Girls Trip is slowing down, but has $100m domestic well within its sights.

Spider-Man: Homecoming is going to crack $300m domestic next weekend. International is well behind the Amazings, but China could make up the difference all by itself.

The two $10k per-screeners this weekend are Wind River and Columbus. With $40k+ per, the door is open for Wind River. But we have to be patient to see how they expand.

Friday Estimates by Excelslinger Klady

Saturday, August 5th, 2017

friday Esitmates 651w 080517

This is a crazy weekend.

First, The Dark Tower. With due respect to everyone who wants to kick the guy, this is why Tom Rothman survives and thrives (with thriving at Sony to come). He took a Stephen King book that the King Cult loves and he looked at the numbers. The Green Mile is the massive anomaly. It grossed more than double any other Stephen King-based film ever worldwide. 1408 is the second biggest hit, although it was sold more like a traditional horror/thriller than a Stephen King adaptation. Aside from those two, no other Stephen King-based film has grossed over $62 million domestic or $50 million international (and 1408 “only” did $133m worldwide).

So… would a $150 million effects spectacular based on a Stephen King book have been a smart bet for Sony?

The real question will be international. Can the film do $100 million or more elsewhere? If so, it’s a hero. But even if it does $50 million, the budget on this film keeps Sony safe from significant loss. And if you are harboring a fantasy that they could Mummy it, which is to say, have Tom Cruise draw $300 million-plus internationally… well… Passengers.

The punchline is that this opening suggests that Tom Rothman will survive The Dark Tower and while it will not make him super-hot, it will get him to Jumanji after a summer with two hits, a breakeven or better (TDT), and a small loser (Rough Night).

And when It opens to this number or worse, watch it get celebrated as succeeding over its head. (Truth is, It should open better than this… but we’ll see.)

Kidnap is a direct-to-video movie if ever there was one. Yet here it is, David Dinerstein’s Aviron Picture’s first theatrical release, opening to around $10 million and likely to gross at least $25 million domestic on minimal marketing spend. This follows Entertainment Studio’s 47 Meters Down, which somehow grossed $43 million domestic.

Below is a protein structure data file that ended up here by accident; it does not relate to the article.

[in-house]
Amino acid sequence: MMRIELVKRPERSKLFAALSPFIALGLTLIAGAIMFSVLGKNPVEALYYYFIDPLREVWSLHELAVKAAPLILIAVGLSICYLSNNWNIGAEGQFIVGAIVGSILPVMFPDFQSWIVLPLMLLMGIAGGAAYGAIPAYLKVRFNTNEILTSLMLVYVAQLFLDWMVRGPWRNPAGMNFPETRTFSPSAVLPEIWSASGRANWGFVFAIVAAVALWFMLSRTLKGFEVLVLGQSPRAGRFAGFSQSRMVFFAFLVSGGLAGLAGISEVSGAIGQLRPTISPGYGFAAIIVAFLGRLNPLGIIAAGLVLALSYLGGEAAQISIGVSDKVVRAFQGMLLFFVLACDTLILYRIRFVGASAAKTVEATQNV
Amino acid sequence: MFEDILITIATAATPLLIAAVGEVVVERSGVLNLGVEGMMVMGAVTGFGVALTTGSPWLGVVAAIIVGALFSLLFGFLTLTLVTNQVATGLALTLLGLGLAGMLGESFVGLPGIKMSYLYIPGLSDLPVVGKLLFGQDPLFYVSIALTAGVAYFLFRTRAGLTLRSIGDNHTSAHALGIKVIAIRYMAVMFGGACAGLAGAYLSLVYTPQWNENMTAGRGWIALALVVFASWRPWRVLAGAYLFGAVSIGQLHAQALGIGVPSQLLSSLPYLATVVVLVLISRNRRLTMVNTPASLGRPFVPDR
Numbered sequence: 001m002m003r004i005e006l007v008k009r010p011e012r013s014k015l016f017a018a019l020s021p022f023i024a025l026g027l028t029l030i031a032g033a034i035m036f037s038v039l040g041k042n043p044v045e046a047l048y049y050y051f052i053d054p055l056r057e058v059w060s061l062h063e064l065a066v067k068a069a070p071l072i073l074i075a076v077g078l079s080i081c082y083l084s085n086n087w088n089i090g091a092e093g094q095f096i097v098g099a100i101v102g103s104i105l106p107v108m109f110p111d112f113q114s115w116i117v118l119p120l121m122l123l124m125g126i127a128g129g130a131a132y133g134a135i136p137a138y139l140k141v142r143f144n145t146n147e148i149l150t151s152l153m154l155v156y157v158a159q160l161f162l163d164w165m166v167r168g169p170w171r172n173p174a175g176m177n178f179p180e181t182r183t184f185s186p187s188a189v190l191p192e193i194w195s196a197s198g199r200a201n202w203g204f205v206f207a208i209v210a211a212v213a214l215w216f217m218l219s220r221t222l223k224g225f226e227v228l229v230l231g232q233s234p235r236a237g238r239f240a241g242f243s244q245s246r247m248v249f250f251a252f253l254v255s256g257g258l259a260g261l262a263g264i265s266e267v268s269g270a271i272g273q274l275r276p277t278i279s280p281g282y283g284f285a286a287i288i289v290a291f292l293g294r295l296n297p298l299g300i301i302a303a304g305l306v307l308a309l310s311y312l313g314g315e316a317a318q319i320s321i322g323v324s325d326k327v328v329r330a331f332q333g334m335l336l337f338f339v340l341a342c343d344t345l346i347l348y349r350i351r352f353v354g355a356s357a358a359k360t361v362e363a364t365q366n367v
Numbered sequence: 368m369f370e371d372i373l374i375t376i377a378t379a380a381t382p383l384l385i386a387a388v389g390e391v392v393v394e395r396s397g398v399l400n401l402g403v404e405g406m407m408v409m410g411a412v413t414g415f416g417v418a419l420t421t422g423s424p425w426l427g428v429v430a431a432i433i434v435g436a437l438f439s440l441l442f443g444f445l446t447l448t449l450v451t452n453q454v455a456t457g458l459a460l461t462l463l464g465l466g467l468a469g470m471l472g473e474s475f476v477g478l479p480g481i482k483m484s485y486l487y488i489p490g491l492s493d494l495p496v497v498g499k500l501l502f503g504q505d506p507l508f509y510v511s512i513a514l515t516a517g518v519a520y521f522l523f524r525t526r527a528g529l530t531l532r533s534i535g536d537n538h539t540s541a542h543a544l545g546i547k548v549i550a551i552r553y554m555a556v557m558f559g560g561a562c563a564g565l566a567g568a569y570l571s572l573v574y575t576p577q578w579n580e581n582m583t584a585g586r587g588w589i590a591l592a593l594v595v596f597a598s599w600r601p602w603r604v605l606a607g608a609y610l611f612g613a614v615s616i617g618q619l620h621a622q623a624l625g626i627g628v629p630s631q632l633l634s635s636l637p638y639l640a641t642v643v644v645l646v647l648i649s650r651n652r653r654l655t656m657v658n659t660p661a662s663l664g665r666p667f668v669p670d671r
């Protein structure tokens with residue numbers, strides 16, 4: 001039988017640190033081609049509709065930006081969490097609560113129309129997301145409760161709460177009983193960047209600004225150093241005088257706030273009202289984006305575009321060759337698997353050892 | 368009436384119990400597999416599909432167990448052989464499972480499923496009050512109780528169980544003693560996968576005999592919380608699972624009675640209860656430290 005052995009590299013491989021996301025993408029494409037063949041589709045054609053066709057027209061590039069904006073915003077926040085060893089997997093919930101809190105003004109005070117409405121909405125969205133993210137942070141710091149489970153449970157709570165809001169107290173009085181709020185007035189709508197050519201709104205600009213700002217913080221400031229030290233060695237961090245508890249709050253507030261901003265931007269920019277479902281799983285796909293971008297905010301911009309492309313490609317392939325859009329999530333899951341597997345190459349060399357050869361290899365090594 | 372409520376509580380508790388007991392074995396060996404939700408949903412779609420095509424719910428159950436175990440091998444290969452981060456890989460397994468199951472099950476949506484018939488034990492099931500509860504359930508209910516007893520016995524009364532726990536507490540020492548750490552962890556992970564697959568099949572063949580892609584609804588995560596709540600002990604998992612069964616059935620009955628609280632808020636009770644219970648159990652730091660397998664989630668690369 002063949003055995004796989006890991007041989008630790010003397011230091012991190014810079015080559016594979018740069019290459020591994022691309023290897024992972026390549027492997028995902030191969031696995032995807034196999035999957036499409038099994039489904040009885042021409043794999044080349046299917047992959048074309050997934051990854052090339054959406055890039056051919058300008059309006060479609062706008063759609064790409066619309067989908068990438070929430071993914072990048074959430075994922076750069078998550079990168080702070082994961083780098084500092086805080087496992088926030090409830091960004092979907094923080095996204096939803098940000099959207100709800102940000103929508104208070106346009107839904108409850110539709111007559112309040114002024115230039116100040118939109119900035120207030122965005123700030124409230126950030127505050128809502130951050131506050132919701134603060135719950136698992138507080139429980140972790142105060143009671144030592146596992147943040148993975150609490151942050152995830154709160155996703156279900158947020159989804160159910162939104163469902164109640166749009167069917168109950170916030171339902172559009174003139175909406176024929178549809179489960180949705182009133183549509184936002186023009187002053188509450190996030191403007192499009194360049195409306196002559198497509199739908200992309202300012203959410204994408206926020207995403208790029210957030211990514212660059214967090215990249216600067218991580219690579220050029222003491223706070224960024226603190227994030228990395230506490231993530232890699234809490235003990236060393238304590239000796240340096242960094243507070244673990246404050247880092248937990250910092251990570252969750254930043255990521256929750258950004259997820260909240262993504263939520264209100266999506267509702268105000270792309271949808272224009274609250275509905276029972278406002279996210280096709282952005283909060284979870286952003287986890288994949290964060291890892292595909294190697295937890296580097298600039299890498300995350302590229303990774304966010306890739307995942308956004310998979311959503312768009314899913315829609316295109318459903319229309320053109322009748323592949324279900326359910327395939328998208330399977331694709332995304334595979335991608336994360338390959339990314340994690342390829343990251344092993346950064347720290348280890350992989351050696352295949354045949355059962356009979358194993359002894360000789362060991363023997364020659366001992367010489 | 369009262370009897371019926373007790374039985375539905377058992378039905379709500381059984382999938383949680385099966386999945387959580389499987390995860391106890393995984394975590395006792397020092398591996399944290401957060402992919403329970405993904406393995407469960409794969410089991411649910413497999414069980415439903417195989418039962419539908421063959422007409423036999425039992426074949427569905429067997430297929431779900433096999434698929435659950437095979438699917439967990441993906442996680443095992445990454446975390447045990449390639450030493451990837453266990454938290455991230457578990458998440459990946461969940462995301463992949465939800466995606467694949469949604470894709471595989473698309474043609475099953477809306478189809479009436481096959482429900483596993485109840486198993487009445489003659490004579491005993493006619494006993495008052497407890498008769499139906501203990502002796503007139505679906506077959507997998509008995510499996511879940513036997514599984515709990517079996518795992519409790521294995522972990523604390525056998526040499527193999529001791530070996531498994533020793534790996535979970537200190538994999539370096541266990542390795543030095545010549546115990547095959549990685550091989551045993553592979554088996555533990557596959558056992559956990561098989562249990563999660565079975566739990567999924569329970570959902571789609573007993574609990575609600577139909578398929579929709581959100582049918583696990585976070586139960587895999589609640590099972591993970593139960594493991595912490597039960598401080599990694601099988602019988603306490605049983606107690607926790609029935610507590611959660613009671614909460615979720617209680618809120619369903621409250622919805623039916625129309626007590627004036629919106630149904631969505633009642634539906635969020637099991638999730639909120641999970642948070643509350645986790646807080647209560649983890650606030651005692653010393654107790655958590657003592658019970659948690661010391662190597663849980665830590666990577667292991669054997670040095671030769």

With A24 and the launch of Neon getting all the (deserved) media love, there is a new strain of distributor emerging. (Worth noting that four of the six $10m+ domestic grossers for A24 were genre films.)

Detroit!

Another new distributor, as Annapurna puts it out there. Great team of industry veterans. Strong movie. Strong reviews. Dud opening.

If the rest of the weekend goes well, they will open to about the same as Girls Night.

Some have argued that the date is wrong. I would agree that was a miscalculation if they thought they could be the Hell or High Water of this summer. However, World Trade Center ($19m), The Butler ($25m), and a lot of black-audience-targeted movies suggest the opportunity is there. But the argument, which I consider absurd, that Kathryn Bigelow was an inappropriate director for this film because she is white, held back any momentum in selling to the black audience, without enough time for more than a few selected mea culpas by Bigelow. And I think the marketing was ambivalent about race as a focus in the sell of this movie.

Detroit – which was never going to be an easy sell, released to huge numbers – needed a longer runway. The excitement of “Kathryn Bigelow’s next movie” isn’t that of Christopher Nolan… but it does exist in a very real way. And that is what carried anticipation through the summer. It was seen as The Closer.

First problem… the movie turned out not be about the riots. Team Annapurna knew this. Like any other audience, critics don’t like to think they know what they are getting and then being surprised. And although the Rotten Tomatoes scores suggest otherwise, many writers I spoke to said the film gave them whiplash.

Second problem… when the actual movie came into focus, it was hard as nails. You have to let people – even professionals, if not especially professionals – know that this is coming. Moreover, you need to set the table for the emotional response. Non-horror movies do not do well when the word-of-mouth is, “It’s painful to watch.” You need to turn that to, “It hurts because we are still going through this today in America and across the globe.” That takes time.

Third problem… the “white writer, white director problem” is one I hadn’t anticipated. (Maybe that is a reflection of white privilege, but while I understand that some stories are so steeped in black culture as to make a white reflection of them off-putting, this doesn’t seem to be one of those stories.) But as it started to show, the film needed champions in the black culture… champions who should have been lined up for months, even before the issue was brought up in the press. Kathryn Bigelow has been an earnest supporter of more diversity in the directing ranks for years. Where were the people who she fought for when she needed some support? And if they were signaling a problem a month ago, the team should have taken very different, more transparent actions to save the commercial release of the film.